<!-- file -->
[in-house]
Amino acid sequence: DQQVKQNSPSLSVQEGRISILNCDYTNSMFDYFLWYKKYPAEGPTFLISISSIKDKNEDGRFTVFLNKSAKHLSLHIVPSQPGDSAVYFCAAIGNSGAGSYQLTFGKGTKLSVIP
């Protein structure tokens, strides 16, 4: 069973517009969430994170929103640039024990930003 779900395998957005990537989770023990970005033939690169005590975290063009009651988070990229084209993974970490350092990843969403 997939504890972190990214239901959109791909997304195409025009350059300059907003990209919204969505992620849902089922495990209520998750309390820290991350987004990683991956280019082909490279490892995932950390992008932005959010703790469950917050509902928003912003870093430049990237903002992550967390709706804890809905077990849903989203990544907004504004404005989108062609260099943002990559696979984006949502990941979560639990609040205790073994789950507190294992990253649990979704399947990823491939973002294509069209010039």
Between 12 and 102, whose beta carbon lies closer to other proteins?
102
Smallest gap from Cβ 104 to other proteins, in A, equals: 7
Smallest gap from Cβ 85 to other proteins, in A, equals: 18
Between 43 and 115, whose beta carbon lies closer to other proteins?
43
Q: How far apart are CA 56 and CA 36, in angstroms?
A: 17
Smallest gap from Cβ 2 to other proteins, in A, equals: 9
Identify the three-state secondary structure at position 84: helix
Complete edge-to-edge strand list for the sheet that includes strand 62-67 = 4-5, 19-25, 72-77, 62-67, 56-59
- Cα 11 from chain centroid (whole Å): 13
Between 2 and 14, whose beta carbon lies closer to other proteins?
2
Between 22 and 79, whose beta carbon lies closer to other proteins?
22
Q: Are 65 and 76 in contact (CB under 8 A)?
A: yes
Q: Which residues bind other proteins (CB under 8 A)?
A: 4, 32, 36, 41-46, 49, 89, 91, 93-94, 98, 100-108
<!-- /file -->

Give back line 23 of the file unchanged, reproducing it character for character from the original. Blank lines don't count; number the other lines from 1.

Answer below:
A: 4, 32, 36, 41-46, 49, 89, 91, 93-94, 98, 100-108